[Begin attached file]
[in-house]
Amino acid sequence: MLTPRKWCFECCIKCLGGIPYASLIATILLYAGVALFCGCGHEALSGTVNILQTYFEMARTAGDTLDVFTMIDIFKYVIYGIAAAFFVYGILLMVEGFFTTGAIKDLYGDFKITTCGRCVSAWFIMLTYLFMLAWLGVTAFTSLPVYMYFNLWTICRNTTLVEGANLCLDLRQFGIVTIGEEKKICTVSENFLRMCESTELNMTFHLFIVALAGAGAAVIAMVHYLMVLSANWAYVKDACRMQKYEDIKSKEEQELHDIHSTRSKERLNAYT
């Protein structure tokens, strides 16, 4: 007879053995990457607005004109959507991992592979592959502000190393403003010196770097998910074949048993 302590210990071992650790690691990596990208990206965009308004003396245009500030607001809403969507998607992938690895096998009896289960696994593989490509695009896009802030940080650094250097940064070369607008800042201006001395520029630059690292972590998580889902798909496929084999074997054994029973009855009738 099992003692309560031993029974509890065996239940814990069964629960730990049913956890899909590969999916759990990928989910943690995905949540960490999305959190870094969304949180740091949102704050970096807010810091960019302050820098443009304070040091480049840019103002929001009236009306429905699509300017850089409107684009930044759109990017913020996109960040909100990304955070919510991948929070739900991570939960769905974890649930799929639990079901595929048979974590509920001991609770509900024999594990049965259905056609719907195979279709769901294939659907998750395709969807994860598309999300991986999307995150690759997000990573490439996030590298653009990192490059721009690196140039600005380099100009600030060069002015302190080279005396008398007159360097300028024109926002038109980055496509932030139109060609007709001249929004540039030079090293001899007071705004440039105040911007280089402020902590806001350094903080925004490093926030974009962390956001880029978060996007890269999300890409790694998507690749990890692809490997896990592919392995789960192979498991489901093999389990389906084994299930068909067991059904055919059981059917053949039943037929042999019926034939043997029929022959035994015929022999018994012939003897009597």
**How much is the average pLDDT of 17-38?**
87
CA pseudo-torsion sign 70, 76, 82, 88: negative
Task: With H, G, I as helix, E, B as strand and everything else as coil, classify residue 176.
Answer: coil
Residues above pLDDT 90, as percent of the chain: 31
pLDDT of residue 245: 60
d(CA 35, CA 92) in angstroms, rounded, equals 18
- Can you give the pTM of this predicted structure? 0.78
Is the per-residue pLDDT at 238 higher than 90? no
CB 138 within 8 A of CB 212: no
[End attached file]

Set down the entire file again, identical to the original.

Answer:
[in-house]
Amino acid sequence: MLTPRKWCFECCIKCLGGIPYASLIATILLYAGVALFCGCGHEALSGTVNILQTYFEMARTAGDTLDVFTMIDIFKYVIYGIAAAFFVYGILLMVEGFFTTGAIKDLYGDFKITTCGRCVSAWFIMLTYLFMLAWLGVTAFTSLPVYMYFNLWTICRNTTLVEGANLCLDLRQFGIVTIGEEKKICTVSENFLRMCESTELNMTFHLFIVALAGAGAAVIAMVHYLMVLSANWAYVKDACRMQKYEDIKSKEEQELHDIHSTRSKERLNAYT
């Protein structure tokens, strides 16, 4: 007879053995990457607005004109959507991992592979592959502000190393403003010196770097998910074949048993 302590210990071992650790690691990596990208990206965009308004003396245009500030607001809403969507998607992938690895096998009896289960696994593989490509695009896009802030940080650094250097940064070369607008800042201006001395520029630059690292972590998580889902798909496929084999074997054994029973009855009738 099992003692309560031993029974509890065996239940814990069964629960730990049913956890899909590969999916759990990928989910943690995905949540960490999305959190870094969304949180740091949102704050970096807010810091960019302050820098443009304070040091480049840019103002929001009236009306429905699509300017850089409107684009930044759109990017913020996109960040909100990304955070919510991948929070739900991570939960769905974890649930799929639990079901595929048979974590509920001991609770509900024999594990049965259905056609719907195979279709769901294939659907998750395709969807994860598309999300991986999307995150690759997000990573490439996030590298653009990192490059721009690196140039600005380099100009600030060069002015302190080279005396008398007159360097300028024109926002038109980055496509932030139109060609007709001249929004540039030079090293001899007071705004440039105040911007280089402020902590806001350094903080925004490093926030974009962390956001880029978060996007890269999300890409790694998507690749990890692809490997896990592919392995789960192979498991489901093999389990389906084994299930068909067991059904055919059981059917053949039943037929042999019926034939043997029929022959035994015929022999018994012939003897009597």
**How much is the average pLDDT of 17-38?**
87
CA pseudo-torsion sign 70, 76, 82, 88: negative
Task: With H, G, I as helix, E, B as strand and everything else as coil, classify residue 176.
Answer: coil
Residues above pLDDT 90, as percent of the chain: 31
pLDDT of residue 245: 60
d(CA 35, CA 92) in angstroms, rounded, equals 18
- Can you give the pTM of this predicted structure? 0.78
Is the per-residue pLDDT at 238 higher than 90? no
CB 138 within 8 A of CB 212: no